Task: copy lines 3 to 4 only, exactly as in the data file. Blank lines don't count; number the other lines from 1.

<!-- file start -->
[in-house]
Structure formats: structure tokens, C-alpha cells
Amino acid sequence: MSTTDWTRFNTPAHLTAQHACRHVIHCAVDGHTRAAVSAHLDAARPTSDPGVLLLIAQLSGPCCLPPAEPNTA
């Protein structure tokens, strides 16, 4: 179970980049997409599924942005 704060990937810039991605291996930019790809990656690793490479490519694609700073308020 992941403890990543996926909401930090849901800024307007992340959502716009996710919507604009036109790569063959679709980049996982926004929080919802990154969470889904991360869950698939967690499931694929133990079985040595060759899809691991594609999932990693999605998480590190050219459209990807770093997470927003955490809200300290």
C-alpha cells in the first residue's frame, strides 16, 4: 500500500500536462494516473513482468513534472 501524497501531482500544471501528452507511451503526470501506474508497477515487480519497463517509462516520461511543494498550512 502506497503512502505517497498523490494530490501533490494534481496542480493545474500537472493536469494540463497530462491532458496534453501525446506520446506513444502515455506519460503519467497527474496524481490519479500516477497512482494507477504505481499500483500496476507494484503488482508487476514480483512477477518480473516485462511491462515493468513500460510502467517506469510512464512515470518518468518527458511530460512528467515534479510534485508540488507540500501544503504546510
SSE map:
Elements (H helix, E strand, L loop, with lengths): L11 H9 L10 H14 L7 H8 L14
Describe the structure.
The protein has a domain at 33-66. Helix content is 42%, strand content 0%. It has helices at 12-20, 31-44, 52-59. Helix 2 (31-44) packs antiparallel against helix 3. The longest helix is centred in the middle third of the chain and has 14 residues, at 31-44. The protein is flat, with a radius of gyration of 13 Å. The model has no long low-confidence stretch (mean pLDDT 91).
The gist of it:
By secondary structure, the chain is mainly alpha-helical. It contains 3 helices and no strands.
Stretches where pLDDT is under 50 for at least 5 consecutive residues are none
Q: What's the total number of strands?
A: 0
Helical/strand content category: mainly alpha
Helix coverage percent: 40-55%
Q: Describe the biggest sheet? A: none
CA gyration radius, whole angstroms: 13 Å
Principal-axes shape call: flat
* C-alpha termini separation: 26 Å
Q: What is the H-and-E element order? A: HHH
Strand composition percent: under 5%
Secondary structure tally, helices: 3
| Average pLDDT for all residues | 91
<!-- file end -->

Amino acid sequence: MSTTDWTRFNTPAHLTAQHACRHVIHCAVDGHTRAAVSAHLDAARPTSDPGVLLLIAQLSGPCCLPPAEPNTA
């Protein structure tokens, strides 16, 4: 179970980049997409599924942005 704060990937810039991605291996930019790809990656690793490479490519694609700073308020 992941403890990543996926909401930090849901800024307007992340959502716009996710919507604009036109790569063959679709980049996982926004929080919802990154969470889904991360869950698939967690499931694929133990079985040595060759899809691991594609999932990693999605998480590190050219459209990807770093997470927003955490809200300290």